Time to cut the management tier at the top of the NHS and reopen wards which are needed with the right staff.
The current government in wanting to move services away from the NHS into the private sector must take responsibility.
BBC Scotland has acquired a series of reports regarding the NHS in Scotland. Under the Freedom of Information Act it is now possible for people and agencies to request documents which have been kept a secret in the past.The once secret documents relate to serious incidents
in which 105 died. The fact that an incident does not lead directly to death does not necessarily make it any less serious. One report details an older woman who was admitted to hospital for treatment on an infected foot. Whilst in hospital her other foot was affected due to pressure sores. With proper hospital care pressure sores are preventable and treatable. The woman needed to have the newly affected foot amputated. The amputation was below the knee with obvious serious implications for her life back home.A page at the BBC website offers a link to the areas of Scotland included with details of their associated
incidents. Some were obviously not preventable but others are shocking.
The reports include a person being blown up while on oxygen therapy after lighting a cigarette.
They also detail deaths from fatal doses of medicine and missing equipment during a cardiac arrest.
Other reports show procedural problems in hospitals meaning patients died before they could be transferred and supplies of drugs or emergency equipment not being available
At the heart of this report is how the NHS treats its serious incidents. Do the hospitals have efficient procedures in place to recod such incidents and how are any reports acted upon? It is no good documenting incidents unless lessons are learned. In an ideal world srious incidents should be reported, the lesson learned and the number of such incidents significantly reduced.
In Scotland this appears to be far from the case. Now that the information is in the public domain hopefully there will be change for the better.
Across the UK there is a similar picture of the NHS which many have said is confusing. A one size fits all national policy would make more sense, as far as incident reporting and improvements go.
This blogger has two pet hates or perhaps that should be fears. Needing eye surgery and the thought of a parasite living in her body. This report then is the stuff of nightmares.
An Indian man, 75-year-old PK Krishnamurthy from Mumbai, had suffered eye irritation for some time. It was getting worse and his eye was becoming red and inflamed. Visits to the doctor had resulted in various treatments but no cure.
A further consultation with his Doctor though, which involved a more thorough examination, showed the problem. PK had a live, five inch worm living behind his eye ball.Yuk.
The eye surgery was carried out immediately and the doctor admitted that in the end PK was lucky. Such a parasite could have caused lasting health problems and may have reached the man's brain. The surgery lasted a brief 15 minutes and finally PK's eye problems are over.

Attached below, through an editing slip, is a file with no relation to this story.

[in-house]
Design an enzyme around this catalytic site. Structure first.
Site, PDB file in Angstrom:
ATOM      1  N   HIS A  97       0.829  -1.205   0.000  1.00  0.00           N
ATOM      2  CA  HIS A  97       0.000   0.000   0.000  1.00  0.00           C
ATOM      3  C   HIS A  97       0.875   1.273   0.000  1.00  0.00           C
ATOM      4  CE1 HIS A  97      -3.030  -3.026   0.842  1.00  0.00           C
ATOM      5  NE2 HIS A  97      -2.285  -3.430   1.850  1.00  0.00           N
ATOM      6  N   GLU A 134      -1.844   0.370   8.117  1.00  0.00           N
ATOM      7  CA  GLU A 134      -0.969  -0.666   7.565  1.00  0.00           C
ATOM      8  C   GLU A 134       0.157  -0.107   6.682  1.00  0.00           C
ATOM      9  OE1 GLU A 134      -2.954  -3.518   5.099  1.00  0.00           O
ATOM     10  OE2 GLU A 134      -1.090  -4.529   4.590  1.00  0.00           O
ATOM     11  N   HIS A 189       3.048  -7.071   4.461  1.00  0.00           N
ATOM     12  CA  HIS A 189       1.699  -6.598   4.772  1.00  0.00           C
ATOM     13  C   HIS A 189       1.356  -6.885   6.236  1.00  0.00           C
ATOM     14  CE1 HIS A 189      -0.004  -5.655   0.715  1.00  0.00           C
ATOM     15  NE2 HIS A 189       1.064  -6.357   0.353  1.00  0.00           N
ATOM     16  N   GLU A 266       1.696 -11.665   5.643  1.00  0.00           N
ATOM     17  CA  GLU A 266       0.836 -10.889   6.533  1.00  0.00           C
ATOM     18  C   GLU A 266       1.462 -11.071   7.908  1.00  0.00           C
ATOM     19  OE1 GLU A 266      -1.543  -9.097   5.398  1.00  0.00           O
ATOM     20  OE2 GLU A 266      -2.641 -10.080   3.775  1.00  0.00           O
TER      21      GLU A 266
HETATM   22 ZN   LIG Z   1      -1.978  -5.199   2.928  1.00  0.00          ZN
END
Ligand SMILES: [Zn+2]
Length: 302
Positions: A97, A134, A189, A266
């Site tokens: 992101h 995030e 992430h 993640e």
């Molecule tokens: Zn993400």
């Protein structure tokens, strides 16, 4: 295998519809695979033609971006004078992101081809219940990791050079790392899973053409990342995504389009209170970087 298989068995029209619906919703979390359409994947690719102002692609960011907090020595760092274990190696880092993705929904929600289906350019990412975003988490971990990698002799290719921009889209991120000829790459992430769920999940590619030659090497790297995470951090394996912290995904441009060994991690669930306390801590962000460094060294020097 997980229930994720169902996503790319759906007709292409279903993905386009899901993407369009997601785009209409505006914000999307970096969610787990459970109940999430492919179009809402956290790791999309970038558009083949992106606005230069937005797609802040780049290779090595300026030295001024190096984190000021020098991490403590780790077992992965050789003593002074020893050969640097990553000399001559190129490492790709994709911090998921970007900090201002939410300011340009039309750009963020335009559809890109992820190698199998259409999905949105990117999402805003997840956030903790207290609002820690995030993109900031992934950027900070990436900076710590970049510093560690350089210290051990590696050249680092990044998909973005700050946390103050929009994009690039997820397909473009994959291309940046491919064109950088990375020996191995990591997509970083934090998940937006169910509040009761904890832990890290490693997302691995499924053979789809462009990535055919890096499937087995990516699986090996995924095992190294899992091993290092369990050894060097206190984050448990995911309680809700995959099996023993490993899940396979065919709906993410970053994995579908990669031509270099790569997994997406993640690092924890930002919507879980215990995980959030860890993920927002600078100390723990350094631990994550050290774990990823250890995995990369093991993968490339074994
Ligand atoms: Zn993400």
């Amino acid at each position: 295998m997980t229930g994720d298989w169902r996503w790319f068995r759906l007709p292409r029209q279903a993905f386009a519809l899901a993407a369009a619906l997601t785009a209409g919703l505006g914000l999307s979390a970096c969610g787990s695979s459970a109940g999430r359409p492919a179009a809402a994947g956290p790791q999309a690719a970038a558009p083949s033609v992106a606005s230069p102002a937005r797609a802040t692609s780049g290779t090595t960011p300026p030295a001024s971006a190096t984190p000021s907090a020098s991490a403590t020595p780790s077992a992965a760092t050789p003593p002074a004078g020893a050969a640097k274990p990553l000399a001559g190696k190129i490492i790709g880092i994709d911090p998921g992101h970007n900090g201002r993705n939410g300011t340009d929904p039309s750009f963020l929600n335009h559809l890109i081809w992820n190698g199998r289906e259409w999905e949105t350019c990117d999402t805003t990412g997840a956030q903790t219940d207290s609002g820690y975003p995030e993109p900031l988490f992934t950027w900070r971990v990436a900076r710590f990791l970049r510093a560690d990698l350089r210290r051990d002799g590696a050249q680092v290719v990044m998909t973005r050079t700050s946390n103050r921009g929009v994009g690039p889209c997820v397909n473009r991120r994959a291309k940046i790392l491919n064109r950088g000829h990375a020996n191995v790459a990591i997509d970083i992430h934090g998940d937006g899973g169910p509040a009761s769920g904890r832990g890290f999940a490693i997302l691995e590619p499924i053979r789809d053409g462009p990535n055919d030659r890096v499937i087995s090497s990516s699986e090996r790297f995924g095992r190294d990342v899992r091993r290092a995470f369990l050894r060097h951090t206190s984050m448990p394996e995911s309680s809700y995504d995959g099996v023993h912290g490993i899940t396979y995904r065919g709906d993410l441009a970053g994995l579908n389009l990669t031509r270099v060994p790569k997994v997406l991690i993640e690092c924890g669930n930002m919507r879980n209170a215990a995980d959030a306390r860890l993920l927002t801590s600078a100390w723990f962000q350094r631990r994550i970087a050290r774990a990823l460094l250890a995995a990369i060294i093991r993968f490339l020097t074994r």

The worm may have looked slight but that does not mean that it did not have life threatening potential. The worm has been sent for analysis. PK and the medical team have no idea as yet just how this worm managed to enter the man's body and thrive. PK is now recovering but is said to be well.
Before you all have nightmares though bear in mind such cases are extremely rare. What worries this blogger though is that they are not unknown. Still better to have the correct diagnosis and treatment than the alternative!
Tags: Indian man, PK Krishnamurthy, Mumbai, worm behind eye, five inch worm, surgery to remove worm from eye socket
Many Western countries are taking what means they think appropriate to try and stamp out smoking. Lately it seems that smokers have faced one onslaught after another. In the UK smoking paraphernalia in stores now has to be kept under the counter, that is out of sight, and the products will soon be sold in plain packaging.
New Zealand is aiming at making the country smoke free by 2025. A tall order it would seem. One of its proposals in the war against smoking is increasing the price of a packet of cigarettes to %100 that is £50. If this price increase is approved it will be in place by 2020, just 8 years away. New Zealand's Official Information Act has led to the revelations of possible changes.
Media sources reported that, "One option being considered is a 10% increase on a pack of 20 cigarettes year-on-year from 2013 to 2025, meaning it would cost $40 (£20) a pack by 2024.But a second scenario would see packs at $100 each by 2020, achieved by an immediate shock rise of 30% to 60%, with on-going increases of 30% each year after that."
Other changes being considered include, regulating tobacco as a highly toxic substance, a ban on smoking in cars with children, a doubling of anti-smoking media campaigns and removing tobacco from duty-free sale.
The New Zealand Ministry of Health has since said that the document detailing the possible measures is an internal document and not part of the Government's policy. It is fair to say though, watch this space.
Tags: quitting smoking, price of cigarettes, tobacco prices, taxation, health, New Zealand smokers